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Unemployment Numbers Add To Economic Gloom


From NPR News, this is ALL THINGS CONSIDERED. I'm Robert Siegel.


And I'm Melissa Block. The Labor Department says unemployment surged above 8 percent last month. That's a figure we haven't seen since the Reagan administration. Also in February, the economy shed 651,000 jobs. NPR's Frank Langfitt reports on just a few of the faces behind those numbers.

FRANK LANGFITT: When the job numbers came out this morning, economists turned to language like this: horrendous, staring into the abyss. Stuart Hoffman, chief economist at PNC Financial, was a little more restrained, but not much.

Mr. STUART HOFFMAN (Chief Economist, PNC Financial): Job losses are just, unfortunately, fast and furious. There is no particular light at the end of this tunnel.

LANGFITT: Hoffman says one thing driving the continued job loss is consumer spending. There's not enough of it, and that's starving the economy. Hoffman says that after years of spending wildly, many Americans have done a u-turn, pinching pennies as they fear the worst.

Mr. HOFFMAN: Frankly, we're caught in the grips of what I call a national financial anxiety attack.

LANGFITT: In the monthly employment report, the big numbers, like those huge job losses you just heard, they get the attention. But other government data paint a more nuanced picture of the labor market and how it's changing. In this recession, men are taking the brunt of job losses. Francine Blau says it's because they work in the hardest-hit sectors. Blau is a labor economist at Cornell.

Professor FRANCINE BLAU (Labor Economist, Cornell): Men are, compared to women, disproportionably represented in manufacturing and construction jobs.

LANGFITT: And that's leaving some women to pick up the slack when their husbands are laid off. That's what happened to Roger and Carolyn(ph) Anderson. Roger did designs for water and sewage-treatment systems for housing developments in Florida. But when the real estate bubble burst, he lost his job and a $45,000-a-year salary. Since then, Carolyn has taking on more work, cleaning mobile homes. Roger explains.

Mr. ROGER ANDERSON: (Water Treatment Systems Designer): She only charges them like 30, $35. So she's doing two or three a day. Lately, sometimes she'll go and work on Saturday. You know, I keep telling her she doesn't really have to, but she will.

LANGFITT: Roger says the growing workload is tough on his wife, who has a history of back problems. And he says she's more stressed.

Mr. ANDERSON: If a bill comes in that's a little bigger than normal or something breaks down or that type of thing, she starts, you know, quizzing me all the time. You know, is this okay? Are we are going to be okay? And, you know, do I need to get more jobs - this kind of stuff. She gets panicky.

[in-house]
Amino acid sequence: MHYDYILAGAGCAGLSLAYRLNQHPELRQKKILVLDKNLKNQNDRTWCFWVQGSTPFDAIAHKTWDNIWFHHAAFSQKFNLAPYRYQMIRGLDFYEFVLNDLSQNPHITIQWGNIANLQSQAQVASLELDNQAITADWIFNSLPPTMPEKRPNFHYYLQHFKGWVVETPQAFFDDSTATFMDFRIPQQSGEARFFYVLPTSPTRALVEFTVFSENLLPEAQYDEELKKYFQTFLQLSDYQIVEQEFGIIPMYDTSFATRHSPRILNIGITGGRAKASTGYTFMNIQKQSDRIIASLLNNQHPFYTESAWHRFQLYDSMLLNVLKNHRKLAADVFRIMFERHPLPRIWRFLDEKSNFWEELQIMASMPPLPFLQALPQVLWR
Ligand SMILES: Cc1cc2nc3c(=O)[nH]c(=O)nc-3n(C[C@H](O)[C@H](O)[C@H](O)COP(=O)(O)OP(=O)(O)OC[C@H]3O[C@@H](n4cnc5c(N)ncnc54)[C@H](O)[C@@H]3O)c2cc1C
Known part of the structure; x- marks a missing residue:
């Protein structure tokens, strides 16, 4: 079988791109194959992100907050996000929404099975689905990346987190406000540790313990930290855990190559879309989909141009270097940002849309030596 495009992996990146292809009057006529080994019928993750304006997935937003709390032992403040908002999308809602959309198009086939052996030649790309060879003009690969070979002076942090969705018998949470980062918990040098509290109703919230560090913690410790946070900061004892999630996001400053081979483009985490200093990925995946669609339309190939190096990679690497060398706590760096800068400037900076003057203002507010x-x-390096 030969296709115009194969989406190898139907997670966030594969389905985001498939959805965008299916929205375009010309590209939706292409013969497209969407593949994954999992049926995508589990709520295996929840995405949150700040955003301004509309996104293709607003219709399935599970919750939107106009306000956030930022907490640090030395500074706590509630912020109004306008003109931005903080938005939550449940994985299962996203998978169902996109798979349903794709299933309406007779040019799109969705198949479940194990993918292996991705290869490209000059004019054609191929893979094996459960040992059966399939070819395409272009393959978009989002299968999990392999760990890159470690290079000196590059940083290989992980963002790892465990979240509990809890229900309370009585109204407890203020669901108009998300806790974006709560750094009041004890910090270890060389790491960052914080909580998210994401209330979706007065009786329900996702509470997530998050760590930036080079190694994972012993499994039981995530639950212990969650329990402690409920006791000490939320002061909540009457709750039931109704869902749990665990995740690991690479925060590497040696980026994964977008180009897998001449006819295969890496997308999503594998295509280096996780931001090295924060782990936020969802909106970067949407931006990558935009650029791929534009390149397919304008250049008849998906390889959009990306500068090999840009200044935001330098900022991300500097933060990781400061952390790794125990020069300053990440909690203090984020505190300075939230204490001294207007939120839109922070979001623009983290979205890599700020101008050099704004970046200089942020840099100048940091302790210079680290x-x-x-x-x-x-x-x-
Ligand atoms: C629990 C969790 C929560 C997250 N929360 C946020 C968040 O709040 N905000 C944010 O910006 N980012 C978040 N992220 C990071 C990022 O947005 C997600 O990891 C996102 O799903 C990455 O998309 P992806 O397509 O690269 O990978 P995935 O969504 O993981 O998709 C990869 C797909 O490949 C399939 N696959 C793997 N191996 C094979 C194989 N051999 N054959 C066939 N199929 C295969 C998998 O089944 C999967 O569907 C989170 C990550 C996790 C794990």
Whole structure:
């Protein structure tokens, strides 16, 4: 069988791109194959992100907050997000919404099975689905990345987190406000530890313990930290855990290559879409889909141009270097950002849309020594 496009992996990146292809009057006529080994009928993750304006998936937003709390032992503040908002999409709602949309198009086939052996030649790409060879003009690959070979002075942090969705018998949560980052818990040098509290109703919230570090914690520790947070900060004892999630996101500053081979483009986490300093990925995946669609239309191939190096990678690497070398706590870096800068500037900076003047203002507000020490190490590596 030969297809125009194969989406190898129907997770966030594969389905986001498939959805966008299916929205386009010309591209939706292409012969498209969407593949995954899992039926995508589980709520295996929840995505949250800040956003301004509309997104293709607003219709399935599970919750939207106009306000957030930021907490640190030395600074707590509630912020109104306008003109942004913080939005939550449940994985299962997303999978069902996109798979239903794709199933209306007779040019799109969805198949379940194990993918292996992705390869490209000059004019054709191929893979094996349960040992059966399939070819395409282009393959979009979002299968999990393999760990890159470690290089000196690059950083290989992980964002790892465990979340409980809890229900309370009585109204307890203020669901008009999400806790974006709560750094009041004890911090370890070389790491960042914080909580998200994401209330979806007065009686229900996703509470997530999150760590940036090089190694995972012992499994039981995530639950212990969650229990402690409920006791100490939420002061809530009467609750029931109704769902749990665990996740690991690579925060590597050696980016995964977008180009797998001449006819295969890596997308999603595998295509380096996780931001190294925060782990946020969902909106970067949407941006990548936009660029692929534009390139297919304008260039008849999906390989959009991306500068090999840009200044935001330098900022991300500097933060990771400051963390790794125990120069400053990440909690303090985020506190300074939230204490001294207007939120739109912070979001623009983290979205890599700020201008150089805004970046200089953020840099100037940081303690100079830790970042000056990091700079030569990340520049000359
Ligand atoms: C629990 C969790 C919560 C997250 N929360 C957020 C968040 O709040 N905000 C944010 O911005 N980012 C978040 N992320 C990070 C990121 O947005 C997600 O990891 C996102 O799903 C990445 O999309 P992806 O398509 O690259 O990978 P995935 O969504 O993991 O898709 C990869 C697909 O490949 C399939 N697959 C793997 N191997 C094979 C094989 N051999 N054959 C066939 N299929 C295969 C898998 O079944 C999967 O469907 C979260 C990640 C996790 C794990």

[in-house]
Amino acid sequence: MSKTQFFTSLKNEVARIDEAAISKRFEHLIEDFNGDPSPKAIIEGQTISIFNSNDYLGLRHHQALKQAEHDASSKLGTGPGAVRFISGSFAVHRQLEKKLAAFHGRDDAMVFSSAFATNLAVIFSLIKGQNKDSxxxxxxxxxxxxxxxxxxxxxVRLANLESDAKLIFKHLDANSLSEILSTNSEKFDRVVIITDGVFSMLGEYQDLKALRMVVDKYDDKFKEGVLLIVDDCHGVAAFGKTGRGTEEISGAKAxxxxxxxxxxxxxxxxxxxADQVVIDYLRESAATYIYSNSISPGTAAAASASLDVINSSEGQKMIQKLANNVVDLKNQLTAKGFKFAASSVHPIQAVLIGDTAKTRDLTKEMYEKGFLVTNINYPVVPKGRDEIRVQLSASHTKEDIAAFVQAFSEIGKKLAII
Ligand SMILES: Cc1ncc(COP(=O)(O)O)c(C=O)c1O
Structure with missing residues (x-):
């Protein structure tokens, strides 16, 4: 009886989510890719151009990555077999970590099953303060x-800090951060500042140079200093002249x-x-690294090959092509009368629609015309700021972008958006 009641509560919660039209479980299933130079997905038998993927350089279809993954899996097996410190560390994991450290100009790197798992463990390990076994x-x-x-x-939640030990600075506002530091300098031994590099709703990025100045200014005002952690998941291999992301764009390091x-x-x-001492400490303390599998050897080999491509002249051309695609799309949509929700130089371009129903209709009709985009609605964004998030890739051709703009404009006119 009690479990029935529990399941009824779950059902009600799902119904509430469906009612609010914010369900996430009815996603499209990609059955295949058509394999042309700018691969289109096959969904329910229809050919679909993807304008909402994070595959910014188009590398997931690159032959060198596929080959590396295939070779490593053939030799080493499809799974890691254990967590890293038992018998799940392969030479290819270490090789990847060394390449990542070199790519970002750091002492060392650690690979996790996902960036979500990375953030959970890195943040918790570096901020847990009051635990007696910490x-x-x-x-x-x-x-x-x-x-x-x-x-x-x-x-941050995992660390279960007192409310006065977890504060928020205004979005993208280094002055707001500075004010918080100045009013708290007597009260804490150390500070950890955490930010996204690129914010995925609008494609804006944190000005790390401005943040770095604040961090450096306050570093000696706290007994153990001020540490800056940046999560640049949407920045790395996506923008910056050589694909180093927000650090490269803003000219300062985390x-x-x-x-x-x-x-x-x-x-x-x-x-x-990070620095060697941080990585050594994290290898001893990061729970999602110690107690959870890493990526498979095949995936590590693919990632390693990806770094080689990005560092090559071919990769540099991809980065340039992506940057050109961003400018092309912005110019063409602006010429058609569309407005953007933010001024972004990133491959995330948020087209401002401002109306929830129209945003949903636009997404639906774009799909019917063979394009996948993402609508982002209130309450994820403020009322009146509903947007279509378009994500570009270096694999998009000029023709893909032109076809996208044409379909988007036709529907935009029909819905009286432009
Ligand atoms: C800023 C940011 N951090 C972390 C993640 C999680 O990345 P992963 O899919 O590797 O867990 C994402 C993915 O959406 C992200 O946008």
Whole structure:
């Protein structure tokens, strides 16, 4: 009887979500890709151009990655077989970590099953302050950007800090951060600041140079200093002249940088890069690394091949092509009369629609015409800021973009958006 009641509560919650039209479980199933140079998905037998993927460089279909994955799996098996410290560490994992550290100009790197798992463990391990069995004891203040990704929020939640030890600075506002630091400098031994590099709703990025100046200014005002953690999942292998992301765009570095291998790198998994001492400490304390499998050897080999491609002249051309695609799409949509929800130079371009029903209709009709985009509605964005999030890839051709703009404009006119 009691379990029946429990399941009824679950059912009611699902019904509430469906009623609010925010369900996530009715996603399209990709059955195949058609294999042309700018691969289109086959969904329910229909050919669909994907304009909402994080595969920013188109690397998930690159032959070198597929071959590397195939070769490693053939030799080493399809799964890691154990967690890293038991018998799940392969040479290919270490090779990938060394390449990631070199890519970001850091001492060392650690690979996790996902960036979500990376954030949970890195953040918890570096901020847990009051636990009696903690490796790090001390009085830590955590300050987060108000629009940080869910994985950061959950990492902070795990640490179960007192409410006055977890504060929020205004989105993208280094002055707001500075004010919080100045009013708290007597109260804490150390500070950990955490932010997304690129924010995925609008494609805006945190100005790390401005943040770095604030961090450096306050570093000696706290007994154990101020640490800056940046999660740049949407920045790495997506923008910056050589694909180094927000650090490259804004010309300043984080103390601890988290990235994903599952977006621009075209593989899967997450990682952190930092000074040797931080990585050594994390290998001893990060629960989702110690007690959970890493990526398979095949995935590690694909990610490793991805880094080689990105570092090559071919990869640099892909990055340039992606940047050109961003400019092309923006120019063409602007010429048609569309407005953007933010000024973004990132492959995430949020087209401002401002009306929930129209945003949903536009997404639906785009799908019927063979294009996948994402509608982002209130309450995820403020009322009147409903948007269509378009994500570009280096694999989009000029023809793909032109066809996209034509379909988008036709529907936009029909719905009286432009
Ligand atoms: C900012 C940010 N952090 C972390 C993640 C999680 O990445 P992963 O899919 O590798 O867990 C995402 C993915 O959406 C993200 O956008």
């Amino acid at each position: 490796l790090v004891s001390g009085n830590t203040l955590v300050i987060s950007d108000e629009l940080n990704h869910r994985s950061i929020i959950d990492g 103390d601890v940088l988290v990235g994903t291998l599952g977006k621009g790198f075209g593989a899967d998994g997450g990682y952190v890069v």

LANGFITT: Roger says he always helped out around home, but these days even more so.

Mr. ANDERSON: Now that it's just her working, as I do - I clean the house for her now. I try to do some of the laundry.

LANGFITT: Roger Anderson says he has been hunting for work for more than a year, but without any luck. And that's not surprising. The construction business on which Anderson's work depended shed more than 100,000 jobs last month. That's not to say there aren't any jobs in the country. Education, government and health care continue to grow, and even in manufacturing, which has bled jobs for years, there are small bright spots.

Mr. MIKE PETTERS (Northrop Grumman Shipbuilding): Over the next 12 months or so, we expect to hire about 4,000 people.

LANGFITT: That's Mike Petters. He runs Northrop Grumman Shipbuilding. The company builds aircraft carriers, destroyers and subs, things the government orders long in advance and don't depend on consumer spending.

Mr. PETTERS: You know, we have an advantage that many businesses don't have. We are able to see beyond next quarter. Just last year, the shipyard in Virginia participated in signing two contracts with the Navy that will carry work out through the middle of next decade.

LANGFITT: Petters plans to hire electricians, welders and pipe fitters. He says salaries could reach 40 to $50,000 a year with overtime. But hiring like this is rare these days, and most people are just trying to hold on to what they have. Since the recession began in December of 2007, the economy has lost more than 4 million jobs.

Frank Langfitt, NPR News, Washington. Transcript provided by NPR, Copyright NPR.

NPR transcripts are created on a rush deadline by an NPR contractor. This text may not be in its final form and may be updated or revised in the future. Accuracy and availability may vary. The authoritative record of NPR’s programming is the audio record.

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Frank Langfitt is NPR's London correspondent. He covers the UK and Ireland, as well as stories elsewhere in Europe.